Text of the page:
Social Security Disability Attorney in Tulsa, OK


Mr. Bearden has the knowledge, experience, and skill that is necessary to get you approved for Social Security Disability benefits.  He has handled Social Security cases since 1995!  This area of law is very specialized and requires a lawyer who knows Social Security law inside and out.  Social Security Disability law was created by the federal government and it has established the laws and procedures that govern this practice.  For instance, there is the Social Security Act, Regulations, Rulings, Agency Manuals, Memoranda, and Opinion Letters.  There are numerous federal appellate court decisions.  Unless a lawyer regularly practices Social Security Disability law, the odds are that they are not ready to step into a Social Security Disability hearing.  Rest assured, the judges expect all lawyers to know what they are doing and will be quizzed on their theories of the case and the documents in the record that support it.  Lawyers must know what they are doing or they will get embarrassed.  An experienced "Social Security" lawyer is essential to winning your case.


There are two types of Social Security Disability.  Title II disability is for those who have worked at least five out of the last ten years prior to becoming disabled.  Basically, if you have worked five out of the last ten years, the federal government gives you insurance for Title II disability benefits.  If you have not worked five out of the last ten years prior to becoming disabled, then you are not insured for Title II benefits, but might qualify for SSI under Title XVI of the Act.  Title II benefits pay better and they are not based upon need.  SSI benefits are based upon need, thus, the Administration will look at your assets to determine if you qualify financially.  The definition of disability is the same under both programs, that is, the inability to engage in any substantial gainful activity by reason of any medically determinable physical or mental impairment which can be expected to result in death or which has lasted or can be expected to last for a continuous period of not less than 12 months.


Mr. Bearden has handled hundreds of cases involving both physical and/or mental impairments.  Some examples of physical impairments include herniated disks in your neck or back, worn out knees or other joints, Arthritis, Fibromyalgia, Crohn's & Colitis, Diabetes Mellitus, Neuropathy, Seizures, Stroke, Heart Attack, Cancer, Blindness, Kidney and other organ failures.  Some examples of mental impairments include Depression, Bi-Polar Disorder, Schizophrenia, Anxiety Related Disorders, Organic Brain Injury, and Mental Retardation.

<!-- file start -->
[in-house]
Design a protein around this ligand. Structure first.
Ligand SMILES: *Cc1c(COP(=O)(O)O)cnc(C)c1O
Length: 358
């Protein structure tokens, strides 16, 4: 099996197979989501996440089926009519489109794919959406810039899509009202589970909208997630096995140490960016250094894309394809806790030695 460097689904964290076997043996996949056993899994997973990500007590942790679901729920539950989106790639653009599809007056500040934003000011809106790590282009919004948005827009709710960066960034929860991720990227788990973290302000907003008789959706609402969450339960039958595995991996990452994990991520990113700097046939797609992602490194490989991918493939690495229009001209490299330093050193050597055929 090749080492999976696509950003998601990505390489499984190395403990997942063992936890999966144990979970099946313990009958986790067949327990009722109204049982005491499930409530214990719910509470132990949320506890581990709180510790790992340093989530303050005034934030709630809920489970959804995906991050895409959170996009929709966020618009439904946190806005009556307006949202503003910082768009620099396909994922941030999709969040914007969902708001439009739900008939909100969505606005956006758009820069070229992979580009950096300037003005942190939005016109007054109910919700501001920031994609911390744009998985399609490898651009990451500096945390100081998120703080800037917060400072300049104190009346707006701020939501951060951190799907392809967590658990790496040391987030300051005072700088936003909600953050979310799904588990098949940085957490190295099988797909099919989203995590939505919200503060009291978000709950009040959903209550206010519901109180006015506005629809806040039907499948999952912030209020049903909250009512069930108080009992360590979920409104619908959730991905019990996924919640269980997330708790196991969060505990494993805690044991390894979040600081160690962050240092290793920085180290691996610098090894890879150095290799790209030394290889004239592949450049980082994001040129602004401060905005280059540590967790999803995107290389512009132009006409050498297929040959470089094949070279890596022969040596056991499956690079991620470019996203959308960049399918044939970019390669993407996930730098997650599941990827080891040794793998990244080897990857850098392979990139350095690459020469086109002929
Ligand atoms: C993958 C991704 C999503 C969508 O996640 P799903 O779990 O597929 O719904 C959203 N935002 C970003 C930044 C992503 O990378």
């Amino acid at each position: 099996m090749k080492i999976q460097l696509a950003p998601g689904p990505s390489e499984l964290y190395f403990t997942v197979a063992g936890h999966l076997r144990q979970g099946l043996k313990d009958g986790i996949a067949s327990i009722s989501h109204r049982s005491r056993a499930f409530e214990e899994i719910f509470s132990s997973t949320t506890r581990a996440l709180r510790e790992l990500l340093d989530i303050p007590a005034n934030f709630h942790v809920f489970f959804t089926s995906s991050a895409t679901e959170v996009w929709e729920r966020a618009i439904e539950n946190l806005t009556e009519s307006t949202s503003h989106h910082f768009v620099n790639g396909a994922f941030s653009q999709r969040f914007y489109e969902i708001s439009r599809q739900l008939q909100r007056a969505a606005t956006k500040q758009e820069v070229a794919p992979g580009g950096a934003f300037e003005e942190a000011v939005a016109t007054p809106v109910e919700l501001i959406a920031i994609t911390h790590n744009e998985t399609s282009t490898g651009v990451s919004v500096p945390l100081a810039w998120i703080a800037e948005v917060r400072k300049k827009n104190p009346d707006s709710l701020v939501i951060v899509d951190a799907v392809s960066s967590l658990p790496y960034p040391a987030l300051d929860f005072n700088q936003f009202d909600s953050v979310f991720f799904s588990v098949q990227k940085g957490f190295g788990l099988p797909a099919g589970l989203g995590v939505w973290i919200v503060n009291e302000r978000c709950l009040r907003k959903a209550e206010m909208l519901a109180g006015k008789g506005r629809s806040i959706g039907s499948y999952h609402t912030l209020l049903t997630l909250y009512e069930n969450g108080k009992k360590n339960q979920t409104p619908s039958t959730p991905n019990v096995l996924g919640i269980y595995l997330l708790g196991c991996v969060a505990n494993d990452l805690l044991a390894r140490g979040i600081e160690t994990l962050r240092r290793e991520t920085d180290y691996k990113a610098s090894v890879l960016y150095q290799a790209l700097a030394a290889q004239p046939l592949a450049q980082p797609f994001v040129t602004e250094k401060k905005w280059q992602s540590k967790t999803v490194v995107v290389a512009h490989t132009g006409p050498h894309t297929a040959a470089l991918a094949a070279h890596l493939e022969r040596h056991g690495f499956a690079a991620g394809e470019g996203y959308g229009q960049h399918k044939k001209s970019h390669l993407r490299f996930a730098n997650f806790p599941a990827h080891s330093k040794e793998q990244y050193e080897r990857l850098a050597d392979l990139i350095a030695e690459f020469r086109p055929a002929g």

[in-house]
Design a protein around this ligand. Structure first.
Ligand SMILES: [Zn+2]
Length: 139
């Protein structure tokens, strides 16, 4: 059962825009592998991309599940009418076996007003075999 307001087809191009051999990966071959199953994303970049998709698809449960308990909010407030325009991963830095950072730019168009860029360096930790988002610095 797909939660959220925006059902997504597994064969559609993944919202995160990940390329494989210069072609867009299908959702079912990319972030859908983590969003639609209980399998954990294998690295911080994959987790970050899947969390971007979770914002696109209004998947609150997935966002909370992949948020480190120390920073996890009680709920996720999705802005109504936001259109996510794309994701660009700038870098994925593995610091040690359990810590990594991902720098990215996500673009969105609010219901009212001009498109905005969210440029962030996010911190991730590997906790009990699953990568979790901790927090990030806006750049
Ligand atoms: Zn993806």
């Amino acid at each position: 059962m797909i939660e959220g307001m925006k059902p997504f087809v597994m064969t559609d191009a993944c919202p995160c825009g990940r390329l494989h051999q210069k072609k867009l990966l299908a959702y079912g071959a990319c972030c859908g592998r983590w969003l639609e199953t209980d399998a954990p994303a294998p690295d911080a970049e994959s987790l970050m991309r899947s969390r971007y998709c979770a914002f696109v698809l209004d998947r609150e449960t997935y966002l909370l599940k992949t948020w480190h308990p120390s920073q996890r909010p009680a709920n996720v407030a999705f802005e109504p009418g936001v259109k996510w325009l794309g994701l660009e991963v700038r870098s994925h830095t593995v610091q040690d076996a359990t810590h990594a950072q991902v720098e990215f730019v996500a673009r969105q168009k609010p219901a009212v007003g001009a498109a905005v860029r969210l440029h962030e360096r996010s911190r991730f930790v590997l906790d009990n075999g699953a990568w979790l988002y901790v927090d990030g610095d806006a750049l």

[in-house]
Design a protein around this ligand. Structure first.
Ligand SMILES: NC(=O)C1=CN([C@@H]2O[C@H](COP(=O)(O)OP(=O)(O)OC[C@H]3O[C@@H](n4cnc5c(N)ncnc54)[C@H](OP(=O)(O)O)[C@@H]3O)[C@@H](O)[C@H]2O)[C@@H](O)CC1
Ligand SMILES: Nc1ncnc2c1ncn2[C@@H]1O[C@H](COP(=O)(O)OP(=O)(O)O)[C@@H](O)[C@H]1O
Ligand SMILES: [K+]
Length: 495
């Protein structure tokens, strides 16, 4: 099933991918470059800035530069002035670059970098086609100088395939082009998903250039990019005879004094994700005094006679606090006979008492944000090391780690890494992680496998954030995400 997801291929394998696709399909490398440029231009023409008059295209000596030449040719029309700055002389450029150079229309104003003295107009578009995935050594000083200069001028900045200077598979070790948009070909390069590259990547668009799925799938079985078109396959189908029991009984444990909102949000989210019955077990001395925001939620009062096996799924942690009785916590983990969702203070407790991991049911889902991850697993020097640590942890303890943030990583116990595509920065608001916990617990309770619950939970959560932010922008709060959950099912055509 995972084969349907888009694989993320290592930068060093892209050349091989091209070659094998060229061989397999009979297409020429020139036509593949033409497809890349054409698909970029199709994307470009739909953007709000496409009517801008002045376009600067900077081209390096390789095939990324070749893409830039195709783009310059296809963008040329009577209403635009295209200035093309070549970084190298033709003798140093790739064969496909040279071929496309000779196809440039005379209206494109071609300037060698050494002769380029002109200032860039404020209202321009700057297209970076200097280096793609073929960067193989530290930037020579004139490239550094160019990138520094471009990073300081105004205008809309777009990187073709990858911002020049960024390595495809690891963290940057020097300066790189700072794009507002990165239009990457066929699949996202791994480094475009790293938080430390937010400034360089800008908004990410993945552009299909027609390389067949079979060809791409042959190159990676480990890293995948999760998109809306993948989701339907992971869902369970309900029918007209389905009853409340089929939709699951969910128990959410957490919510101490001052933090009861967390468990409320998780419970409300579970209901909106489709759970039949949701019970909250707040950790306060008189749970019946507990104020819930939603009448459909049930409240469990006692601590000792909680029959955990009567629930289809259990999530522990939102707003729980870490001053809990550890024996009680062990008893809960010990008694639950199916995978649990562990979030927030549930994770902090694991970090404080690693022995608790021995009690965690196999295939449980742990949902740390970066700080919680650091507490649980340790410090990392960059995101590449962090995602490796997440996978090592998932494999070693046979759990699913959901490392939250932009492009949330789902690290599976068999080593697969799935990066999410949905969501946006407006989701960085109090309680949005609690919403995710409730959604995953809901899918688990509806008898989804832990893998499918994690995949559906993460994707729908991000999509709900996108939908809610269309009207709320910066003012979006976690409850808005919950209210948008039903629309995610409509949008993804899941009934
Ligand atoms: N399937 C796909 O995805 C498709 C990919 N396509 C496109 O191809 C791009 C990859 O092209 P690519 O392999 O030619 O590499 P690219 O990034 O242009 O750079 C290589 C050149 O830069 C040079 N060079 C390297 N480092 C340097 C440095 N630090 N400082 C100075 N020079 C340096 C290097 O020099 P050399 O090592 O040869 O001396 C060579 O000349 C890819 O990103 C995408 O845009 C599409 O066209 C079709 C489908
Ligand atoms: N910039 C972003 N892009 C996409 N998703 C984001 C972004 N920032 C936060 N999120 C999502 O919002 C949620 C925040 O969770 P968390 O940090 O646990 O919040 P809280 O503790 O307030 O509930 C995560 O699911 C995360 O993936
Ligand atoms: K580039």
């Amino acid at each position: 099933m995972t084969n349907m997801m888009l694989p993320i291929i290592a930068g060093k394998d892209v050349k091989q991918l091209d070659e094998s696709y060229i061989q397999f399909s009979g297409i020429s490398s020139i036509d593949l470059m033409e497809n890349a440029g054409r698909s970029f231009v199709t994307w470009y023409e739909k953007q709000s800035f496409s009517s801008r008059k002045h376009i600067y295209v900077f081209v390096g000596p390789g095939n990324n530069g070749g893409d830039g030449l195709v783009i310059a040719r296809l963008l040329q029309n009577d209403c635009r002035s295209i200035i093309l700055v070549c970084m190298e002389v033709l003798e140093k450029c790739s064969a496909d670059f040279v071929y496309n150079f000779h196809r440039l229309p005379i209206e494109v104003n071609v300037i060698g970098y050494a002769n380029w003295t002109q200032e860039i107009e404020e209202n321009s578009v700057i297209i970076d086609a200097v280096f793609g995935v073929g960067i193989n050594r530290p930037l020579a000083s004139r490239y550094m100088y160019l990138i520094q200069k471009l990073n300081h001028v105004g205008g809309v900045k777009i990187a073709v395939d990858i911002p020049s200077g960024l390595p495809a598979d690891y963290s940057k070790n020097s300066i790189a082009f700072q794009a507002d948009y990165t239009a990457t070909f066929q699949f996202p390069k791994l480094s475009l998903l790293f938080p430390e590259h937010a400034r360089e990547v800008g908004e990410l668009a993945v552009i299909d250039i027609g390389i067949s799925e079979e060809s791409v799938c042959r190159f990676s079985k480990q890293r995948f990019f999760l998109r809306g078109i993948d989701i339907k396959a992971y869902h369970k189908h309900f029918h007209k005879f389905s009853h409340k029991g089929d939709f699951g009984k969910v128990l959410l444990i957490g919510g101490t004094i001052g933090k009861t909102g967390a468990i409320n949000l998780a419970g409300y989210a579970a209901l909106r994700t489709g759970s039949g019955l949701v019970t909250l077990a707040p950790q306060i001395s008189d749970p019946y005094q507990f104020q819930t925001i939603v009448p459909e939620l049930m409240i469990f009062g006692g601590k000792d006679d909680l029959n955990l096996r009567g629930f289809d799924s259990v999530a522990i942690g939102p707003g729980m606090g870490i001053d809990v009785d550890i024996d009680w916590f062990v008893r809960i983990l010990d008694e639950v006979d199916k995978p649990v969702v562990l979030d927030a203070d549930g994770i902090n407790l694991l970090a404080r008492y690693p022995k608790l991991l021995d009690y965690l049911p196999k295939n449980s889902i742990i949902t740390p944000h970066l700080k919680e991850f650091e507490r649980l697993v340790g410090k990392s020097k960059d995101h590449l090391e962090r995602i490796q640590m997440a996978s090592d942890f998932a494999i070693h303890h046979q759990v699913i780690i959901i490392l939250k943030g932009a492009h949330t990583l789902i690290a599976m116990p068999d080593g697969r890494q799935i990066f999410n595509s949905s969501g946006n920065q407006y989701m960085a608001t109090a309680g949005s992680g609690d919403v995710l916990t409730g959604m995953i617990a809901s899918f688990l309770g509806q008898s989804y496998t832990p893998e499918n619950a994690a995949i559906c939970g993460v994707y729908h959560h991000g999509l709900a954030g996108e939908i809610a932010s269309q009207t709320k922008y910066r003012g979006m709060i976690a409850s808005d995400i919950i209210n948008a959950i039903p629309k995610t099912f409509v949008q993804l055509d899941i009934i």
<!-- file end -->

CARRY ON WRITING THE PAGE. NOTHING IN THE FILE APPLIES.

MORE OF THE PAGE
Mr. Bearden will work with you one on one and develop a solid game plan to win your case.  Every case must be carefully analyzed.  After you have received your denial, you will come to Mr. Bearden's office (if able) to complete your appeal.  If you have been turned down once (first step), then the second step is to file a Request for Reconsideration.  If you have already been turned down at Reconsideration (second step), then the third step is to file a Request for Hearing in Front of an Administrative Law Judge.  Mr. Bearden will do all of this for you.  He will ask you for the names and addresses of all of your treating physicians so he can obtain any missing medical records and get them to the Social Security Administration.  He will need a list of medications.  He also has special forms for your doctor to fill out and complete.  He will also talk to you about your disabilities, your limitations, your past work experience, your medications, your education, and the things you go through that prevent you from working or would cause you to lose your job over time. 


To get started, simply contact Mr. Bearden.  You can call, text, or email.  He will briefly discuss your case with you and give you an honest opinion as to whether he can help you win it.  If he can, then he will arrange a meeting either at his office, at your home, or at a neutral place to complete the appeal and sign the necessary paperwork.  There is no fee unless you are approved.  


Once approved, the Social Security Administration will pay you 75% of your past due benefits and they will pay Stan the other 25% of your past due benefits.  This fee is set by federal law.  There is no fee if you are not approved.